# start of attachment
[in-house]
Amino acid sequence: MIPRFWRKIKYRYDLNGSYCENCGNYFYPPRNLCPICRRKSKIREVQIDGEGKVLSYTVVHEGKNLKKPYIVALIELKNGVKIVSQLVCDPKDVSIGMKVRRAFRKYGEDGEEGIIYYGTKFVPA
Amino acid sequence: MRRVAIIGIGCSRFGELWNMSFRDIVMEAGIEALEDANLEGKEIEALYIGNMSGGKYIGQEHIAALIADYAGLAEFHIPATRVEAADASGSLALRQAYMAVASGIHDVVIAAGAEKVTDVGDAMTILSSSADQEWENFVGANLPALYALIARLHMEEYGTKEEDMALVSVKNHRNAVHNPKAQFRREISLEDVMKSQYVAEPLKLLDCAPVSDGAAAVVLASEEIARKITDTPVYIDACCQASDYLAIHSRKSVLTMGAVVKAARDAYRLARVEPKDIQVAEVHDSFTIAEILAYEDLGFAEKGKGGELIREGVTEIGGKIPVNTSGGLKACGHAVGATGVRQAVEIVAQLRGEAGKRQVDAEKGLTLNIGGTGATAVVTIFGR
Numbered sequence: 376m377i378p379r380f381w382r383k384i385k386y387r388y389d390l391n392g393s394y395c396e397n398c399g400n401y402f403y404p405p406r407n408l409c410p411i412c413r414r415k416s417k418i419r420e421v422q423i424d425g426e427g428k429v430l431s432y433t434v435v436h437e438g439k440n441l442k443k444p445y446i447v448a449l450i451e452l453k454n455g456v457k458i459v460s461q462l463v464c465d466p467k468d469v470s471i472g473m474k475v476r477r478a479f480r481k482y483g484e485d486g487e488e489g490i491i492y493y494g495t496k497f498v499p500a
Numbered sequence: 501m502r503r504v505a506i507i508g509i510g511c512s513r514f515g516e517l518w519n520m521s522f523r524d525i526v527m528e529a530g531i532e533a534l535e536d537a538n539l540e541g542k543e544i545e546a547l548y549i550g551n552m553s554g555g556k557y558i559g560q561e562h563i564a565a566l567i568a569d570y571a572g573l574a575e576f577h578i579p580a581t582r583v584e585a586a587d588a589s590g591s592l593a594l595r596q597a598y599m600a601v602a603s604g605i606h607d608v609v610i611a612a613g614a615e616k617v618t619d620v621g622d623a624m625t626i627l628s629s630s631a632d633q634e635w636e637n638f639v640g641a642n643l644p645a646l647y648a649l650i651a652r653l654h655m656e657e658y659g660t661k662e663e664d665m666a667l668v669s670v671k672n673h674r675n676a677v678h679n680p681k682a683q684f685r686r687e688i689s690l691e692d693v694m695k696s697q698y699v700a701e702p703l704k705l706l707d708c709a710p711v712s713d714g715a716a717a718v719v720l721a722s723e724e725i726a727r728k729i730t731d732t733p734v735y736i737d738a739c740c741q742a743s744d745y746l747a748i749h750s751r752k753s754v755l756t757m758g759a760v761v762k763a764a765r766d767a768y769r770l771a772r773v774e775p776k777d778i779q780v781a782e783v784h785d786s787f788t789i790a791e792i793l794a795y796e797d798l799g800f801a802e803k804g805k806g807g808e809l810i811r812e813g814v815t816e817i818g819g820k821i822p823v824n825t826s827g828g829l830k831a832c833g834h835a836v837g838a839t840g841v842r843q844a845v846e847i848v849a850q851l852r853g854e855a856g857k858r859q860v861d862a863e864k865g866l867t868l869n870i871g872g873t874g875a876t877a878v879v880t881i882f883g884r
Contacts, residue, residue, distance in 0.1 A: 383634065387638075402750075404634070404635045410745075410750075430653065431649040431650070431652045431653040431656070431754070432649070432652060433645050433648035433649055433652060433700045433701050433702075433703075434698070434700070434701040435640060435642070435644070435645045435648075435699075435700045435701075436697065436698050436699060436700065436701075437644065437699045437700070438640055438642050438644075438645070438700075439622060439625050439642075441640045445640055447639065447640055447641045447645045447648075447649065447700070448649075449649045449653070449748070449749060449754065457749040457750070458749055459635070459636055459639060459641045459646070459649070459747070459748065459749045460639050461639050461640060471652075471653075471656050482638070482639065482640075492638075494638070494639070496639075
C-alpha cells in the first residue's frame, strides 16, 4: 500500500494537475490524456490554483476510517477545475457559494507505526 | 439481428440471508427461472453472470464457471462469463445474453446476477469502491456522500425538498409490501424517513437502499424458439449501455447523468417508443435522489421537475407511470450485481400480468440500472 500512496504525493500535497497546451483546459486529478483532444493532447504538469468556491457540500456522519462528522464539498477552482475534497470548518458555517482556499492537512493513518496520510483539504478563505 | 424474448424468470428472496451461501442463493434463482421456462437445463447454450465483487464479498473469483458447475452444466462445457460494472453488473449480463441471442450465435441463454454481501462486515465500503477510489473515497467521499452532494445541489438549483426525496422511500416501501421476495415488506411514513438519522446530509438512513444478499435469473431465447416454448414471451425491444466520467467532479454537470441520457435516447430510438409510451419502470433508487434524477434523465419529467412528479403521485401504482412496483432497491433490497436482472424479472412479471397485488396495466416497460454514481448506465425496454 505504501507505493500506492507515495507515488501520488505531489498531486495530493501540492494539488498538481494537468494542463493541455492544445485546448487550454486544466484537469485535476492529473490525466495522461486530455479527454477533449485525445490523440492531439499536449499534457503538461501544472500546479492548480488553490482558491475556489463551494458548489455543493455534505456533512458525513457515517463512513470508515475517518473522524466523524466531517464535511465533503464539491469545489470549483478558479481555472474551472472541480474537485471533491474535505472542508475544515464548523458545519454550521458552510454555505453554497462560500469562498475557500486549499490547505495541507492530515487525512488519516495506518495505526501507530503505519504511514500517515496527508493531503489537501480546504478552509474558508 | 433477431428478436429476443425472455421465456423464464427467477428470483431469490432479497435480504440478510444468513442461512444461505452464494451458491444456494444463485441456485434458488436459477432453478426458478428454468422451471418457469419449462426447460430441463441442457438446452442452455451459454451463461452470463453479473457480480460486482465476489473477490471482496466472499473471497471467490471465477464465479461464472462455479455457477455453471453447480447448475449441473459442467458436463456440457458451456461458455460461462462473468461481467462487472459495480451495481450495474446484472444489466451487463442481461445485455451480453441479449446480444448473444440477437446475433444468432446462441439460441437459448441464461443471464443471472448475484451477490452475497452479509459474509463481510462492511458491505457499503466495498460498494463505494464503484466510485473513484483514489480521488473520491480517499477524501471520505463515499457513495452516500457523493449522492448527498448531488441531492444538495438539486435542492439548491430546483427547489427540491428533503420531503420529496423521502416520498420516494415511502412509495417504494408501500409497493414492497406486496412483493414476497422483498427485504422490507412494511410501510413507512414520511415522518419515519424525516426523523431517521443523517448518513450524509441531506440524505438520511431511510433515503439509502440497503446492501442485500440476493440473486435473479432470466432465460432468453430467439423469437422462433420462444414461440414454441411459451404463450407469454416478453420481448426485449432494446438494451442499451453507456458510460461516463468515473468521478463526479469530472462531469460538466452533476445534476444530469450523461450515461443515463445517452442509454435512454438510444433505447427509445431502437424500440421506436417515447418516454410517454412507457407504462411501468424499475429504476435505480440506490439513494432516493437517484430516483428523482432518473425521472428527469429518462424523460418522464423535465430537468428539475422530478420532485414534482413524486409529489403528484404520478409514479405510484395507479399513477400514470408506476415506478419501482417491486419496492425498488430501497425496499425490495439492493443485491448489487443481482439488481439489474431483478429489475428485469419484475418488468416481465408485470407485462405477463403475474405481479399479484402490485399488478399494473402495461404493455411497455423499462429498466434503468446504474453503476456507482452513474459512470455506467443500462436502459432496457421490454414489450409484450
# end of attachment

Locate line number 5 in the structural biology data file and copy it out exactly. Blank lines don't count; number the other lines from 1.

Numbered sequence: 501m502r503r504v505a506i507i508g509i510g511c512s513r514f515g516e517l518w519n520m521s522f523r524d525i526v527m528e529a530g531i532e533a534l535e536d537a538n539l540e541g542k543e544i545e546a547l548y549i550g551n552m553s554g555g556k557y558i559g560q561e562h563i564a565a566l567i568a569d570y571a572g573l574a575e576f577h578i579p580a581t582r583v584e585a586a587d588a589s590g591s592l593a594l595r596q597a598y599m600a601v602a603s604g605i606h607d608v609v610i611a612a613g614a615e616k617v618t619d620v621g622d623a624m625t626i627l628s629s630s631a632d633q634e635w636e637n638f639v640g641a642n643l644p645a646l647y648a649l650i651a652r653l654h655m656e657e658y659g660t661k662e663e664d665m666a667l668v669s670v671k672n673h674r675n676a677v678h679n680p681k682a683q684f685r686r687e688i689s690l691e692d693v694m695k696s697q698y699v700a701e702p703l704k705l706l707d708c709a710p711v712s713d714g715a716a717a718v719v720l721a722s723e724e725i726a727r728k729i730t731d732t733p734v735y736i737d738a739c740c741q742a743s744d745y746l747a748i749h750s751r752k753s754v755l756t757m758g759a760v761v762k763a764a765r766d767a768y769r770l771a772r773v774e775p776k777d778i779q780v781a782e783v784h785d786s787f788t789i790a791e792i793l794a795y796e797d798l799g800f801a802e803k804g805k806g807g808e809l810i811r812e813g814v815t816e817i818g819g820k821i822p823v824n825t826s827g828g829l830k831a832c833g834h835a836v837g838a839t840g841v842r843q844a845v846e847i848v849a850q851l852r853g854e855a856g857k858r859q860v861d862a863e864k865g866l867t868l869n870i871g872g873t874g875a876t877a878v879v880t881i882f883g884r